Flutter Data features an advanced relationship mapping system.


  • HasMany<T> for to-many relationships
  • BelongsTo<T> for to-one relationships

As an example, a User has many Tasks:

class User extends DataModel<User> {
  final int? id;
  final String name;
  final HasMany<Task>? tasks;

  User({, required, this.tasks});

and a Task belongs to a User:

class Task extends DataModel<Task> {
  final int? id;
  final String title;
  final bool completed;
  final BelongsTo<User>? user;

  Task({, required this.title, this.completed = false, this.user});

As long as the API responds correctly with relationship data (for example a User resource with a collection of Task models – or just IDs if models are already present in local storage) we can expect the following to work:

final user = await repository.findOne(1, params: {'_embed': 'tasks'});
final task = user!.tasks!.first;

print(task.title); // write Flutter Data docs
print(task.user!.value!.name); // Frank

// or

final house = House(address: '123 Main Rd');
final family = Family(surname: 'Assange', house: BelongsTo(house));

print(;  // Free Assange

We can infinitely navigate the relationship graph as it’s based on a reactive graph data structure (GraphNotifier).


For relationships to work they must not be null.

final task = Task(title: 'do 1', user: BelongsTo());

If we don’t want to supply a new relationship object like above, we may provide defaults like so:

class Task extends DataModel<Task> {
  final int? id;
  final String title;
  final bool completed;
  late final BelongsTo<User> user;

  Task({, required this.title, this.completed = false, BelongsTo<User>? user}) :
    user = user ?? BelongsTo();


Inverse relationships are guessed when unambiguous (one relationship of inverse type).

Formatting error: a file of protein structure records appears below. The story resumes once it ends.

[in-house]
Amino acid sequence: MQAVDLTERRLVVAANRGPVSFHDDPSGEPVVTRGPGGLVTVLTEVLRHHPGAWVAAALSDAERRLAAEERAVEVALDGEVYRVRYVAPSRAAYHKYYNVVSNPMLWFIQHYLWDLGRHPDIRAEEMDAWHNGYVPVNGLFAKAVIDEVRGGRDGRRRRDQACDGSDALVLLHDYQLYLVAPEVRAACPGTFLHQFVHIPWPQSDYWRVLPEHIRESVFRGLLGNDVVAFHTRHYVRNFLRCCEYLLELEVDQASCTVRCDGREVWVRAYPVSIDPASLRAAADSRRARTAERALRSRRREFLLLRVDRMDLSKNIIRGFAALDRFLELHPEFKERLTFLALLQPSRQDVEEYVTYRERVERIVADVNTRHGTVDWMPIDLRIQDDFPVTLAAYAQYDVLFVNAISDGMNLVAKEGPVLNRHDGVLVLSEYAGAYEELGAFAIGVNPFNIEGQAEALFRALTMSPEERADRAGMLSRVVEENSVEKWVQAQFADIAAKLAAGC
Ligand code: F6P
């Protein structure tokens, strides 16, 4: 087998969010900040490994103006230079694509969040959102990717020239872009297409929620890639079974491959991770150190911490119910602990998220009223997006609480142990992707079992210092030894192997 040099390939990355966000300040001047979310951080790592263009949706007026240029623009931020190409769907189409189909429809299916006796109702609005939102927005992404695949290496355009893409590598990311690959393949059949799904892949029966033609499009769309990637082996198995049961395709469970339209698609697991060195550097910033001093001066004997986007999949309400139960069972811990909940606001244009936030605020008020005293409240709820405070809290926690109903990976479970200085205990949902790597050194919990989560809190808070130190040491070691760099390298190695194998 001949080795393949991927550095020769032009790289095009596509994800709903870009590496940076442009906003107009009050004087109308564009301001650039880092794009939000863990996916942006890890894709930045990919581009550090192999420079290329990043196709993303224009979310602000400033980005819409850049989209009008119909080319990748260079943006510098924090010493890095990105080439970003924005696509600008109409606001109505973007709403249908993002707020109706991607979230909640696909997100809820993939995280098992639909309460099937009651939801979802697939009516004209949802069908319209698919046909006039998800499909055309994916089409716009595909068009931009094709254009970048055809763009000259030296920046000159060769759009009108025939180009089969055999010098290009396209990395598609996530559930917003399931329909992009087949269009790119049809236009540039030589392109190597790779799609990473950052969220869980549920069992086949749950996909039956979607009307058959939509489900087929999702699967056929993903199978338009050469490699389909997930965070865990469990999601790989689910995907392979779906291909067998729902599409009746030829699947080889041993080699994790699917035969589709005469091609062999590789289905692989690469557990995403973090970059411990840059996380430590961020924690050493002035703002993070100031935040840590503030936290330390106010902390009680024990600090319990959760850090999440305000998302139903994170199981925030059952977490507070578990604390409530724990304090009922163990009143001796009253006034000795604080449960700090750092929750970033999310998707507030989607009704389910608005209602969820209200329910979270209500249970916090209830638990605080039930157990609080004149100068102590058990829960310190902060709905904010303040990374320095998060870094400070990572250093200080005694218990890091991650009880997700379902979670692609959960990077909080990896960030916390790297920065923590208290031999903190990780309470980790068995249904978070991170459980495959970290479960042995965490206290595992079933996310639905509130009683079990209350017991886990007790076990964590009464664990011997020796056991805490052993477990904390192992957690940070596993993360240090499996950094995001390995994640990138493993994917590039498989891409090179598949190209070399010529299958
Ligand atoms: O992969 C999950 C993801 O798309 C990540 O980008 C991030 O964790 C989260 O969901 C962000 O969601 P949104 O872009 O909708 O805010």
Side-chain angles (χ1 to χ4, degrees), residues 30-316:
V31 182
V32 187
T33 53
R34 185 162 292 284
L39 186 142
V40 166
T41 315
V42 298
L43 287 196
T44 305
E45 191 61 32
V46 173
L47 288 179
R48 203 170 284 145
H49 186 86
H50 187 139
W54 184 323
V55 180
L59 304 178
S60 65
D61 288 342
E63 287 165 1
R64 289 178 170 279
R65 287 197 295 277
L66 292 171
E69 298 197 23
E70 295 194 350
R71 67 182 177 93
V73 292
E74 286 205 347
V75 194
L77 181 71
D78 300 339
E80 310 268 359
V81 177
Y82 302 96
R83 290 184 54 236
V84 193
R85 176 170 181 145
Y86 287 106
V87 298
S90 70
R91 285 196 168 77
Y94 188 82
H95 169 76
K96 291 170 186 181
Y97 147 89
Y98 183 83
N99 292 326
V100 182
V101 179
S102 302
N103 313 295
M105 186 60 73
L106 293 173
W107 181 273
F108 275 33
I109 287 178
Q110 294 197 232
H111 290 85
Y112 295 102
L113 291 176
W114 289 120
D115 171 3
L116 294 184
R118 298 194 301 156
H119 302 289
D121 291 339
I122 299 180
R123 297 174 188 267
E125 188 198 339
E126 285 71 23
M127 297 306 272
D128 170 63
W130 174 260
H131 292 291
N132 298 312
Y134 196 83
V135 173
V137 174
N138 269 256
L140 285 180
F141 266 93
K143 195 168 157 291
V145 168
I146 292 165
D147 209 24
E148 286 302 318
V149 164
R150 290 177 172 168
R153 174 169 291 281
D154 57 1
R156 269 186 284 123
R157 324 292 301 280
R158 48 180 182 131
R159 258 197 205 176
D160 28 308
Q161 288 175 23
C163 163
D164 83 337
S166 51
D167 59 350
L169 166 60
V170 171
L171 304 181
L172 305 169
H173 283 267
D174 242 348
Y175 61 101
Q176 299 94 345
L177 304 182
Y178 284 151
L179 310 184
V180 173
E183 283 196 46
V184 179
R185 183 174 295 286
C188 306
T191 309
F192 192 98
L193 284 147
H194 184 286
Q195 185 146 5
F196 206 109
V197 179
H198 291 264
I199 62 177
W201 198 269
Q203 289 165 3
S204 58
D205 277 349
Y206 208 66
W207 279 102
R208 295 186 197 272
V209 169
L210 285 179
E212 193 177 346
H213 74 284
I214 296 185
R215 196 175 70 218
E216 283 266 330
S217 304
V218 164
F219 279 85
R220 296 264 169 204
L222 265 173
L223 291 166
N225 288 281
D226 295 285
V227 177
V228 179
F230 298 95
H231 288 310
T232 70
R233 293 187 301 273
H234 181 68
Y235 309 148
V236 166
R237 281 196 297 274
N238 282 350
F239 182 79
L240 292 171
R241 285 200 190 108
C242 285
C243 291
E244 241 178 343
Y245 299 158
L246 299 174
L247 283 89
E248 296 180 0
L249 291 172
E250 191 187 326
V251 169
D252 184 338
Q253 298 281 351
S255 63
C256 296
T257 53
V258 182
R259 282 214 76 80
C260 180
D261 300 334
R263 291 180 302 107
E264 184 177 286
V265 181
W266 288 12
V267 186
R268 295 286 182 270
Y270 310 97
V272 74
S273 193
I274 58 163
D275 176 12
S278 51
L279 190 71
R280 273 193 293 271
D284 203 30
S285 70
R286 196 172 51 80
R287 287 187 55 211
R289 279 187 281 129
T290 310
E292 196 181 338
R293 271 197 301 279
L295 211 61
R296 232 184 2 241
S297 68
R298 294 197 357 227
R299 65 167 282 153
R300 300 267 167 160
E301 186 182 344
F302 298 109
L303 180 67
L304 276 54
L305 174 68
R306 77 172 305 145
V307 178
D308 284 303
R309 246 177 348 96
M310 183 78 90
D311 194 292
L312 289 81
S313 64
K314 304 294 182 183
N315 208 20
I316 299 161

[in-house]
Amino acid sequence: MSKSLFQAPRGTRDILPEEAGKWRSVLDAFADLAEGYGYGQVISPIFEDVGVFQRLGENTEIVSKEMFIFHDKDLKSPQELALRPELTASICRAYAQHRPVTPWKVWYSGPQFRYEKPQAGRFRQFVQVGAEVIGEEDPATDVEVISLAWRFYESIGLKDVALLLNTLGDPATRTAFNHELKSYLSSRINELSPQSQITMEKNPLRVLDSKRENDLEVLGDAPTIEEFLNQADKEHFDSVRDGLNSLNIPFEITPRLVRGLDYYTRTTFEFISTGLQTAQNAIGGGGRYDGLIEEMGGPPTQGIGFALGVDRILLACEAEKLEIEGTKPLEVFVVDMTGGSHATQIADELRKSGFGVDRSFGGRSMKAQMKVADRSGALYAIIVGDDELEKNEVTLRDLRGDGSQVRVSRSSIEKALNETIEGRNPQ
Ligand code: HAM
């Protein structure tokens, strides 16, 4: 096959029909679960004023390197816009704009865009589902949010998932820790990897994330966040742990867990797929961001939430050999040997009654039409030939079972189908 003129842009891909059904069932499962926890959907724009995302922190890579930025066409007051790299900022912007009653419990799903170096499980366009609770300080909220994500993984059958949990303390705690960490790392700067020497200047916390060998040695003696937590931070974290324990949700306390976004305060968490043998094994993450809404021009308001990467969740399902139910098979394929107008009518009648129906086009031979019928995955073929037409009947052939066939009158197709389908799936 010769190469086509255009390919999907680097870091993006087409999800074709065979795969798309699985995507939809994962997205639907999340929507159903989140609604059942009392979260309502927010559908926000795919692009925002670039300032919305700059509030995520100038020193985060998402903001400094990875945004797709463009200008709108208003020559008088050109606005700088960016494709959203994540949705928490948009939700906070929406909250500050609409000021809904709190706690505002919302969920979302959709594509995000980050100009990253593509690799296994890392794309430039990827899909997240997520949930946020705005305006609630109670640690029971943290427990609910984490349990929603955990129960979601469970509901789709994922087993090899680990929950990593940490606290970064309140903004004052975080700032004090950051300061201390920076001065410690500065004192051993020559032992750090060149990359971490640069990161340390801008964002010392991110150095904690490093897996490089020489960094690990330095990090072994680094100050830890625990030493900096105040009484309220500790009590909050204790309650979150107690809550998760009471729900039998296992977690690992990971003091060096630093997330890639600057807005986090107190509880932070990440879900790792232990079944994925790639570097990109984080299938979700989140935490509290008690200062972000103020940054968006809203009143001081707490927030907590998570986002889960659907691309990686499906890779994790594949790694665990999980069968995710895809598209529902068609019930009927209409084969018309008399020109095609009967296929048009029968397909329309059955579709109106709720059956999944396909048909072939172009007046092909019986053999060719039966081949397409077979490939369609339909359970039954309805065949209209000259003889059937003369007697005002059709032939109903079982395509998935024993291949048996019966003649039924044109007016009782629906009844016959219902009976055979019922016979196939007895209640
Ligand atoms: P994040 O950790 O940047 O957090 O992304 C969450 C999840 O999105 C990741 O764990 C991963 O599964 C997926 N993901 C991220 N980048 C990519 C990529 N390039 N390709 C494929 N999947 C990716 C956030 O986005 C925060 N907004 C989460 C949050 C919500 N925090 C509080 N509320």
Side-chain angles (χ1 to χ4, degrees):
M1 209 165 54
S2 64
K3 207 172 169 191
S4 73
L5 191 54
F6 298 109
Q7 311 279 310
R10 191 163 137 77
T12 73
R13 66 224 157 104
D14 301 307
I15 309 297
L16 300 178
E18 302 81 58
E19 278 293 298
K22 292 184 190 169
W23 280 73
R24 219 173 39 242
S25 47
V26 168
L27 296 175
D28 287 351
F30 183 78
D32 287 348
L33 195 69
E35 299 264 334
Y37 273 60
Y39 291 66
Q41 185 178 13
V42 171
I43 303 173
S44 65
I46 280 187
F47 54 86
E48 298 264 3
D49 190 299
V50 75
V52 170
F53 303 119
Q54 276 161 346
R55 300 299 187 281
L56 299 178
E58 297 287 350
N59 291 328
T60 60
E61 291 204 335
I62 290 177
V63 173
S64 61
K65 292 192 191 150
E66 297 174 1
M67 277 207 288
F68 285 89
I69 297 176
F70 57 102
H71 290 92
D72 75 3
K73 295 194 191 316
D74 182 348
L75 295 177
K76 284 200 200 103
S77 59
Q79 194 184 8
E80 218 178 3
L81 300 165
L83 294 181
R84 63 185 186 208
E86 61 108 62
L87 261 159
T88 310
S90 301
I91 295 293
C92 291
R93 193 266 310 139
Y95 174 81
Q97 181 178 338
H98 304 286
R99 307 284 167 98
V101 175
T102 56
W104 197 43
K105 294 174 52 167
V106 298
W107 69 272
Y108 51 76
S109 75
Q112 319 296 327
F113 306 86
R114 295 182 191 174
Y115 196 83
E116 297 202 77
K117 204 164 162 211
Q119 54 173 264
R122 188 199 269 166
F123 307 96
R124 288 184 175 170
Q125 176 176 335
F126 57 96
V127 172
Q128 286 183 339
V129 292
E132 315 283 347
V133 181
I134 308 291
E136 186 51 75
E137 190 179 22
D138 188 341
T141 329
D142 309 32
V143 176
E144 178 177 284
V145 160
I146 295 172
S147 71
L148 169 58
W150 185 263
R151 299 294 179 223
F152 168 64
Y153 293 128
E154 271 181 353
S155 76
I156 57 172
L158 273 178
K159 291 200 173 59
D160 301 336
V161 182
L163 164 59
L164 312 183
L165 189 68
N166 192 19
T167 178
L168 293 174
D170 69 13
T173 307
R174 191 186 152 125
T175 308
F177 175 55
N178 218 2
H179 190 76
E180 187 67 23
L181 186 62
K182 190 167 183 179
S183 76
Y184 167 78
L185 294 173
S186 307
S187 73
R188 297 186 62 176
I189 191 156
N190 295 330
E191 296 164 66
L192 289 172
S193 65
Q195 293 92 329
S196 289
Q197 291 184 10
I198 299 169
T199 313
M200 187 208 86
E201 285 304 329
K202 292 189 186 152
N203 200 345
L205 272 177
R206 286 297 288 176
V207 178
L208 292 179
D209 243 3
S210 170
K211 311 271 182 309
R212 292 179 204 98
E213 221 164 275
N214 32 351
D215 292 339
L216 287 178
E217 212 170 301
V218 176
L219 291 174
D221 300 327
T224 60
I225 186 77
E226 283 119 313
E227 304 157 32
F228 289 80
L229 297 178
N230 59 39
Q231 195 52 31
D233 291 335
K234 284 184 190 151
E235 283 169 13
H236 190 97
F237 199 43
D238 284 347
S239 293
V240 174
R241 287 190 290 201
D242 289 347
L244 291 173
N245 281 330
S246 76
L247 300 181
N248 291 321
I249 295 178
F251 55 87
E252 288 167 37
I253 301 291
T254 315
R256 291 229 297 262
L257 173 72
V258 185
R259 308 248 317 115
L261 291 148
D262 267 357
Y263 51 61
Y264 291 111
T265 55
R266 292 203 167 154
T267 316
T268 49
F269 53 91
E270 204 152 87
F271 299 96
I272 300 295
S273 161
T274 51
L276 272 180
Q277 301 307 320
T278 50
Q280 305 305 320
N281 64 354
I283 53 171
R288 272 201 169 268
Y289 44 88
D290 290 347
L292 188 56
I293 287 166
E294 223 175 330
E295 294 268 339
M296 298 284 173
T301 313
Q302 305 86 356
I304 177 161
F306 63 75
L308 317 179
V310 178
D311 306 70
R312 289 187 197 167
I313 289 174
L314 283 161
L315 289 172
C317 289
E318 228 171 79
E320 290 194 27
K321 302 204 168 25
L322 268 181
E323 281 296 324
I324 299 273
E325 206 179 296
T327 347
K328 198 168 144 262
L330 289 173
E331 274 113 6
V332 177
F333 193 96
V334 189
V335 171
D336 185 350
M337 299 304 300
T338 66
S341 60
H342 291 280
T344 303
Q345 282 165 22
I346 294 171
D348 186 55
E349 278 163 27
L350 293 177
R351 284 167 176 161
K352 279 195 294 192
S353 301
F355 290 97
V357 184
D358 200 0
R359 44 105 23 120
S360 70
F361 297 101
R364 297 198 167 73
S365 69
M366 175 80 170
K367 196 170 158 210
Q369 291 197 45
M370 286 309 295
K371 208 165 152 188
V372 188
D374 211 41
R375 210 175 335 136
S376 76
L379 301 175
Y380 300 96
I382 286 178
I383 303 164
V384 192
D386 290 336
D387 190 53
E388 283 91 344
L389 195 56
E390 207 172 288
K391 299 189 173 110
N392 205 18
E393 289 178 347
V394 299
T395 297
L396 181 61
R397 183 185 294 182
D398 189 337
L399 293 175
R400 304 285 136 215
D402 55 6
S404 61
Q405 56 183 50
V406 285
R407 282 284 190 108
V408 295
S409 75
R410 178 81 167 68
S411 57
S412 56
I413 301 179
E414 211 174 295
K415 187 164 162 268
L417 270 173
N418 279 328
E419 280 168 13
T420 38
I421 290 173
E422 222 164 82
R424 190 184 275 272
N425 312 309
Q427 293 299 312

Not in this case, as Family has two BelongsTo<House>s:

class Family extends DataModel<Family> {
  final String? id;
  final BelongsTo<House>? cottage;
  final BelongsTo<House>? residence;


class House extends DataModel<House> {
  final String? id;
  final BelongsTo<Family>? owner;

    BelongsTo<Family>? owner,
  }) : owner = owner ?? BelongsTo();

If you wish to disambuiguate or to be explicit, annotate your relationship in the House model:

@DataRelationship(inverse: 'residence')
final BelongsTo<Family>? owner;

Here’s another example, a tree structure using custom inverses and Freezed:

@DataRepository([], remote: false)
class Node extends DataModel<Node>, _$Node {
  factory Node(
      {int? id,
      String? name,
      @DataRelationship(inverse: 'children') BelongsTo<Node>? parent,
      @DataRelationship(inverse: 'parent') HasMany<Node>? children}) = _Node;
  factory Node.fromJson(Map<String, dynamic> json) => _$NodeFromJson(json);

Remove a relationship

Given a Post with many Comments we want to remove:

final postWithNoComments = post.copyWith(comments: HasMany.remove()).was(post);

Works with both HasMany and BelongsTo.

Removing a relationship does not delete its linked resources (the actual comments in this case).

Disable relationship serialization

In order to keep the relationship working but avoid persisting it, use:

@DataRelationship(serialize: false)
final BelongsTo<Post>? post;

Self-referential relationships

// in Post
@DataRelationship(serialize: false)
late BelongsTo<Post> post = asBelongsTo;

Relationship extensions

A User with Tasks could be created like this:

final t1 = Task(title: 'do 1');
final t2 = Task(title: 'do 2');
final user = User(name: 'Frank', tasks: HasMany({t1, t2}));

// or using an extension on Set<DataModel>

final user = User(name: 'Frank', tasks: {t1, t2}.asHasMany);

or a Task with User:

final user = User(name: 'Frank');
final task = Task(title: 'do 1', user: BelongsTo(user));

// or using an extension on DataModel

final task = Task(title: 'do 1', user: user.asBelongsTo);

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